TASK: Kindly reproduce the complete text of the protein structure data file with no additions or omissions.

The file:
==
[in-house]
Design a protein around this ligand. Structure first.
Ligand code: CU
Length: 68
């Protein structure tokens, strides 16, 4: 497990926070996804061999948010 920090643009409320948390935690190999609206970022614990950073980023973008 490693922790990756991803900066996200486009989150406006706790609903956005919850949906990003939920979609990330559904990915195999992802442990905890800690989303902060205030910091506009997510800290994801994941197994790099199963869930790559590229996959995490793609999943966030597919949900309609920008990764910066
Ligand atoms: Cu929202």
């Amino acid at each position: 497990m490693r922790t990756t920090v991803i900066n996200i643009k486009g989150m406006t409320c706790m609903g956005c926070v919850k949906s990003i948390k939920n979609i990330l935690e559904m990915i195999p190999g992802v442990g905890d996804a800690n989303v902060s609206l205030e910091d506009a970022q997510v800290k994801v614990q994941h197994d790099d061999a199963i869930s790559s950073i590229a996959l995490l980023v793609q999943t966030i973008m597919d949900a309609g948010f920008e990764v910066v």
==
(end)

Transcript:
[in-house]
Design a protein around this ligand. Structure first.
Ligand code: CU
Length: 68
């Protein structure tokens, strides 16, 4: 497990926070996804061999948010 920090643009409320948390935690190999609206970022614990950073980023973008 490693922790990756991803900066996200486009989150406006706790609903956005919850949906990003939920979609990330559904990915195999992802442990905890800690989303902060205030910091506009997510800290994801994941197994790099199963869930790559590229996959995490793609999943966030597919949900309609920008990764910066
Ligand atoms: Cu929202």
């Amino acid at each position: 497990m490693r922790t990756t920090v991803i900066n996200i643009k486009g989150m406006t409320c706790m609903g956005c926070v919850k949906s990003i948390k939920n979609i990330l935690e559904m990915i195999p190999g992802v442990g905890d996804a800690n989303v902060s609206l205030e910091d506009a970022q997510v800290k994801v614990q994941h197994d790099d061999a199963i869930s790559s950073i590229a996959l995490l980023v793609q999943t966030i973008m597919d949900a309609g948010f920008e990764v910066v």